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Sea-run trout fishing this year got off to a cracking start in most areas, with the majority of anglers employing nearly every trout fishing technique to secure fish in local estuaries statewide.
Even those anglers fishing the "off-season" lower down in our estuaries for sea-trout commented on the number of fish moving in early August.
There are a lot of anglers from the Burnie area looking forward to this weekend as it is the Burnie Show holiday on Friday and many use it as a start of their fishing up in the highlands. The weather can be changeable but it is generally when things start to get a bit warmer and Trout fishing starts to fire.
The road from Lake Augusta to the nineteen lagoons area is now open so there is easy access to the area. It’s one of the premium Trout fishing locations in the state and I expect there will be a few folk from Burnie there on Friday. The IFS have advised that to road is better condition than the past few years and they have requested that anglers stick to the speed limit to keep the road in good condition.
Some of the weather that we are getting lately is almost unbelievable with relatively calm days and very little rain. It seems there are a lot of anglers taking advantage of the conditions and wetting a line.
I was down at Sisters Beach on Sunday and the target for the morning was Calamari Squid. We got onto a few good ones and I have been experimenting with a method that I was told about a while ago and it has been fairly successful. It basically involves hanging a squid jig under a polystyrene float and using a small silicone rubber float stopper to set the depth. The advantage of this is you can set the depth so your squid jig is just above the bottom which leaves it in the strike zone and it also results in less jigs being lost. It worked for us and it is a method I will persevere with.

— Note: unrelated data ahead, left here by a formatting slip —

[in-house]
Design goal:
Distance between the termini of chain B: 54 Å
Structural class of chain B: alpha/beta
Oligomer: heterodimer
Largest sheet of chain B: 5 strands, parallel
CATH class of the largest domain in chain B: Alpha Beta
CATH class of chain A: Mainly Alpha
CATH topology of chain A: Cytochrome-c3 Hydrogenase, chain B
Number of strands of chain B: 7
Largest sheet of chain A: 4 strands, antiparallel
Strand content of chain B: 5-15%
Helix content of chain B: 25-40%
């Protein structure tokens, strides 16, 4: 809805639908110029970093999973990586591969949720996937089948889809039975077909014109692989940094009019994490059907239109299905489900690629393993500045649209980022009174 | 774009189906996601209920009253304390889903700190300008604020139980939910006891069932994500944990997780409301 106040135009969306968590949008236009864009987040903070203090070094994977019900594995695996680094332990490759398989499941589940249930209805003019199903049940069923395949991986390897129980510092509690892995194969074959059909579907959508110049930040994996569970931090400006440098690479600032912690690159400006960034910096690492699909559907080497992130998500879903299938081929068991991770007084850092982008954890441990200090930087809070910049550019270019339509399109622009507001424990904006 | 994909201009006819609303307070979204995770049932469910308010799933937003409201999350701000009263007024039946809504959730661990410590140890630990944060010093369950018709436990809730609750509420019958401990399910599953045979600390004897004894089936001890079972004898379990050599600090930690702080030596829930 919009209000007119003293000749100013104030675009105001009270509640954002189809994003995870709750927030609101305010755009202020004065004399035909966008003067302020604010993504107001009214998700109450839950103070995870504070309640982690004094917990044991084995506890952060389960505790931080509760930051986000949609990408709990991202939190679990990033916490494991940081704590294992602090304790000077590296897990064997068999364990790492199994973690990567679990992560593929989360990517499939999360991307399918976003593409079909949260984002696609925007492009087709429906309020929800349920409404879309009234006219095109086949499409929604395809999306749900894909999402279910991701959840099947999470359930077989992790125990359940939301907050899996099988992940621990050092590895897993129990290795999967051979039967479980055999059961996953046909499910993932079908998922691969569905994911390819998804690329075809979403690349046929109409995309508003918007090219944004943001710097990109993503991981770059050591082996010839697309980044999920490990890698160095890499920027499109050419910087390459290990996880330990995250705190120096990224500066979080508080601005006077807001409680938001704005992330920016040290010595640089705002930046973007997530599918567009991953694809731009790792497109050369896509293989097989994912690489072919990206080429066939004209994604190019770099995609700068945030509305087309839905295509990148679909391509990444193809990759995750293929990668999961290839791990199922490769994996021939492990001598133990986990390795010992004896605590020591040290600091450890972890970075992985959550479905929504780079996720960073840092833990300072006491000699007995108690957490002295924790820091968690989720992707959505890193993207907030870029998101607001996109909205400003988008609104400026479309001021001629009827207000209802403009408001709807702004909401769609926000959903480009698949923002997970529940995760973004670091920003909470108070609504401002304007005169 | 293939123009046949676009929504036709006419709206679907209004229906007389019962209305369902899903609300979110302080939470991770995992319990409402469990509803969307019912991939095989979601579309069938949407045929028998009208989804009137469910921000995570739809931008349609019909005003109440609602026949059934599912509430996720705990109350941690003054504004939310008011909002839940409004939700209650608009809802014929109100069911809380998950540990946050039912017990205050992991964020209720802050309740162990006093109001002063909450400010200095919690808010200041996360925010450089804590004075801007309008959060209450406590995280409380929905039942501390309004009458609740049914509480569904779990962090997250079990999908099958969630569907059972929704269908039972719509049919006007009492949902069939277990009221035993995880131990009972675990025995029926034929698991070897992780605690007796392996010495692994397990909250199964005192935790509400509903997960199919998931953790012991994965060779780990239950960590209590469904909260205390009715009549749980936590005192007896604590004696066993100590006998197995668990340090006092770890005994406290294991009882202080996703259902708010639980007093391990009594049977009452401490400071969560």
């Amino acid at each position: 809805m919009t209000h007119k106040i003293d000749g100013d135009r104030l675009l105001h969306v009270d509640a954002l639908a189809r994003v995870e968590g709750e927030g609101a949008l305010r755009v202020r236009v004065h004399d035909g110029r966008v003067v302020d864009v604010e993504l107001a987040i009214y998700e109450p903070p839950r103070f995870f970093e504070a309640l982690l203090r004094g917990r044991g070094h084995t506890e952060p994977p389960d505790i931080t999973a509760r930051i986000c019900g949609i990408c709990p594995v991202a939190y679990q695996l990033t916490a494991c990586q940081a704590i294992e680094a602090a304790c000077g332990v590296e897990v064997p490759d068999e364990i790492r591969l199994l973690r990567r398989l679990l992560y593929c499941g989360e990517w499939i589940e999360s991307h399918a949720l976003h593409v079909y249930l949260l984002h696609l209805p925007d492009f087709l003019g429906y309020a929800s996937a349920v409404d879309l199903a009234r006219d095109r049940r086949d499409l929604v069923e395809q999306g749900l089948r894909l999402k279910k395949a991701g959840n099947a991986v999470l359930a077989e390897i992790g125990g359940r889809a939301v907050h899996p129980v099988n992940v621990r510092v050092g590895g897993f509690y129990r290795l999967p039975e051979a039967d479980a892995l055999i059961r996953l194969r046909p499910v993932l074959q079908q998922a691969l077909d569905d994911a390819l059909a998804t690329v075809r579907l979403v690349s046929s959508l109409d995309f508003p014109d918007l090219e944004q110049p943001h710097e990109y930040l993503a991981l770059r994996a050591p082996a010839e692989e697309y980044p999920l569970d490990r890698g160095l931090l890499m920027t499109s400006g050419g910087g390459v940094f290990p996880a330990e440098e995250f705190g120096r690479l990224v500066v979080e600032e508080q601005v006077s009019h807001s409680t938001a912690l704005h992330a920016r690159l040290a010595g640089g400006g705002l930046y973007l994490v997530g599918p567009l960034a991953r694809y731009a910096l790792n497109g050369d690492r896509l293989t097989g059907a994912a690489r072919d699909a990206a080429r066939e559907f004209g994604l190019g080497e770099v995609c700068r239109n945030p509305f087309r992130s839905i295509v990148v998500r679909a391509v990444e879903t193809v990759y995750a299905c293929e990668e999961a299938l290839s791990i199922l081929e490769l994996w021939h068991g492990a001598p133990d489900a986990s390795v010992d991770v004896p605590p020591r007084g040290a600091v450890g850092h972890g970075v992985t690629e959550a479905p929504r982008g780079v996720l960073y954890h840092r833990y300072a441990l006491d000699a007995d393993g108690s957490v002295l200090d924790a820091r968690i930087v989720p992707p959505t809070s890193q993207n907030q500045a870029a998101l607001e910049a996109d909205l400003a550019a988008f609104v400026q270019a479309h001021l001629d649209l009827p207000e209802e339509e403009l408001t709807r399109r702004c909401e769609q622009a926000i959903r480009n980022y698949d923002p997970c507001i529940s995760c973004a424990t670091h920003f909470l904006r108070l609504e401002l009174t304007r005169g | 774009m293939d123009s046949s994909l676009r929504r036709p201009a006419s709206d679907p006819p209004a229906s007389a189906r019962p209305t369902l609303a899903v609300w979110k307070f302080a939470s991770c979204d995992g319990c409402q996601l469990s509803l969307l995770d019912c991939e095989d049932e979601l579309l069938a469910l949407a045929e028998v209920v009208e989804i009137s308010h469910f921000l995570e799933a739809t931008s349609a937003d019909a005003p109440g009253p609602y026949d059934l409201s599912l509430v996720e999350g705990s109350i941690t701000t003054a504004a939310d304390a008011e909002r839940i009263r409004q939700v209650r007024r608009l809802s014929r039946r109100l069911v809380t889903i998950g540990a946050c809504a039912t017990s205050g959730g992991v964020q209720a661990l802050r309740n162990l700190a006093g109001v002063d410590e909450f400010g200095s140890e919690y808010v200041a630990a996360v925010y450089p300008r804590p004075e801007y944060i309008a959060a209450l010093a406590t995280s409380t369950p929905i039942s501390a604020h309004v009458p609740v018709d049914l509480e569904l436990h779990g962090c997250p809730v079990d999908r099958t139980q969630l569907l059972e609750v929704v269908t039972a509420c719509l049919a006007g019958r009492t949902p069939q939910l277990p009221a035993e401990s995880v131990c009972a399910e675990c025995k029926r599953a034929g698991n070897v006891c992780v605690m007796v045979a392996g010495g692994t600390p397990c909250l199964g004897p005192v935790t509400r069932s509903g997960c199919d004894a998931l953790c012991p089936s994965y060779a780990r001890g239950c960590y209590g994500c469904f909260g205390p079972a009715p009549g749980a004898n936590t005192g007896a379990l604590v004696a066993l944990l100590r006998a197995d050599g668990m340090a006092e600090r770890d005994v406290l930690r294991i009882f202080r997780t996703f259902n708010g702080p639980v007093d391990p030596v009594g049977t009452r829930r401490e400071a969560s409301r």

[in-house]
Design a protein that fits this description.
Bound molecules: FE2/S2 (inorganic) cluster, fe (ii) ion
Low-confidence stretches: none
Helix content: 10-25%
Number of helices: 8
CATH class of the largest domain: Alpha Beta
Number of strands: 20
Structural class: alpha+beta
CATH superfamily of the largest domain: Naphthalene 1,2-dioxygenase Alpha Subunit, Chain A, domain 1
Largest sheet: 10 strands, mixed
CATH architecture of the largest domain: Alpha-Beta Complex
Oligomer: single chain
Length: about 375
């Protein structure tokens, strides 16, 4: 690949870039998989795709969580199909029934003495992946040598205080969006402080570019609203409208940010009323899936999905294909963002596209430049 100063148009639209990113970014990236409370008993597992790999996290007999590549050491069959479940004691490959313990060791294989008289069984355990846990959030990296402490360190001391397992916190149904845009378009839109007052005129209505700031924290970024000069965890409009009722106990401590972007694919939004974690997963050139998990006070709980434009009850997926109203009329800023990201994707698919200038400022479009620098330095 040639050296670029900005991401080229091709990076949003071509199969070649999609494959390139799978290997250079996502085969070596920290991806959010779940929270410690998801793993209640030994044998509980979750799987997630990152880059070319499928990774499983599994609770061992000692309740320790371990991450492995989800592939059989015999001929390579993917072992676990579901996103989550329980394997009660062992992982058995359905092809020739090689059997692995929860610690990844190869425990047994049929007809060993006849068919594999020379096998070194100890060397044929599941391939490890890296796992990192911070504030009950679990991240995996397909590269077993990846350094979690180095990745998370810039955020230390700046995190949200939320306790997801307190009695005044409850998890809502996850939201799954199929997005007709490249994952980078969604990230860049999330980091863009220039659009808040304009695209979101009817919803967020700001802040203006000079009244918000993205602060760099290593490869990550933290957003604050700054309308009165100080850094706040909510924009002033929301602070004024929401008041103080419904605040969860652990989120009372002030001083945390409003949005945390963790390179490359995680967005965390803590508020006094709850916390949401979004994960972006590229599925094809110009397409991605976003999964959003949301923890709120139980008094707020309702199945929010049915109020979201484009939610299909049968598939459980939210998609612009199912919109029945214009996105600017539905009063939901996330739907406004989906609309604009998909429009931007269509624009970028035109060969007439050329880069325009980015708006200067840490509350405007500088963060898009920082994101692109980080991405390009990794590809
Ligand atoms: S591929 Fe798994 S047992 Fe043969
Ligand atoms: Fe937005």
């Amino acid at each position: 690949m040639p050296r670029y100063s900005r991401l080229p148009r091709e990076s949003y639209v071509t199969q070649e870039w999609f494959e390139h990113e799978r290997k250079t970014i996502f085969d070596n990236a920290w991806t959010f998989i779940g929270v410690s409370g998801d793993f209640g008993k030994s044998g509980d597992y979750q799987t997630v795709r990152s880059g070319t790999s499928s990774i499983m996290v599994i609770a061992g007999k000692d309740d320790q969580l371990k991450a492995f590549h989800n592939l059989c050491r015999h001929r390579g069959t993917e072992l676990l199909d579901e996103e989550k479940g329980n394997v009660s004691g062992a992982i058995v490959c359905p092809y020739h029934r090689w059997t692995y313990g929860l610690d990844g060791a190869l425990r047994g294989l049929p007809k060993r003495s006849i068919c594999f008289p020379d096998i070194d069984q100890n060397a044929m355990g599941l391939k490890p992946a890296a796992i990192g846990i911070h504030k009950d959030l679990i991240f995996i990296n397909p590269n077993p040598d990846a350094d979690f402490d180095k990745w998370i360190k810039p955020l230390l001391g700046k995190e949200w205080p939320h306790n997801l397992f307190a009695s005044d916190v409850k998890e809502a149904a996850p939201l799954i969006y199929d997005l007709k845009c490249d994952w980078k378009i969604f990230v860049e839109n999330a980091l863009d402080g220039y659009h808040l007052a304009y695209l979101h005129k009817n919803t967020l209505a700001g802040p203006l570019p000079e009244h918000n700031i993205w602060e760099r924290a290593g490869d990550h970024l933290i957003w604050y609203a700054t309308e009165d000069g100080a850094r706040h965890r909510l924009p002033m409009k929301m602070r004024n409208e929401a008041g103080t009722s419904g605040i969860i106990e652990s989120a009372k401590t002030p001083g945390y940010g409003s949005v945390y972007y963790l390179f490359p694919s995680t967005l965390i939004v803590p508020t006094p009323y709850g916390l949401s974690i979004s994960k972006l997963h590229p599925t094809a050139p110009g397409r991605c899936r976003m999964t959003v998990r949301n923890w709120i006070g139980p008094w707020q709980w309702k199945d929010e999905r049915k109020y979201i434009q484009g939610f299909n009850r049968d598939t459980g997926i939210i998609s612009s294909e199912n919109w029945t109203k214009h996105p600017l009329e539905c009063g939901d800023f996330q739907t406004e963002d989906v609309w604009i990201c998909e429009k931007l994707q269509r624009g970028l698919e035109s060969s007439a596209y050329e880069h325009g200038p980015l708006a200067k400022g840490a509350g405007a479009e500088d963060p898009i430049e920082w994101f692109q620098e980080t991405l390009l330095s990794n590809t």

The next two weeks are the last hurrah for the Brown Trout season and many anglers organise a “last trip” of the season in this time. The Great Lake is well worth a try as there has been some really nice fish caught recently. The Great Lake has plenty of Rainbow Trout and if you are lucky enough to catch one, they normally put on a spectacular show leaping out of the water in their quest to escape. Swan Bay is a good spot in the evening if you strip a large wet fly or a dark spinner.
There has been some fantastic fishing around the traps over the last week. Last Friday we got word that there were some more Bluefin Tuna caught out off Strahan. Sunday was looking good so I got a crew together and headed down the West Coast. We were not disappointed. The weather was good and before long we had a Bluefin on board. We looked for birds working as they are usually a good indicator of where the fish are. The big surprise for the day was an Albacore Tuna over 20 kg. We finished with three Bluefin and one Albacore.
The weather was very unkind to those fishing in the Pirtek Fishing Challenge last Sunday and conditions were nothing short of atrocious. The results will be announced on Saturday and we are all hoping that anglers from the North West Coast are among the prizes.
There is some good news coming out of the Eaglehawk Neck area because there were a few Bluefin caught last weekend including a 127kg Jumbo sized one. Everyone has their fingers crossed that it is going to be a good season and there will be plenty of fish about.
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Presented from Issue 100
Considering the world class quality of our sea trout fishery, these fish are not sought after by enough anglers. Sea runners live in the salt water and run up our estuaries and rivers from the start of August to the middle of November. At this time of the year, they are here to eat the many species of fish that are either running up the rivers to spawn or are living in and around the estuary systems. Trout, both sea run and resident (Slob Trout) feed heavily on these small fish which darken in colouration as they move further into fresh water reaches.
The majority of these predatory fish are brown trout with rainbows making up a very small percentage of the catch. They can be found all around the state but it would be fair to say that the east coast is the least prolific of all the areas. They still run up such rivers as the Georges (and many others) but their numbers along with the quality of the fishing elsewhere make it difficult to recommend the area above the larger northern, southern and western rivers.Read more ...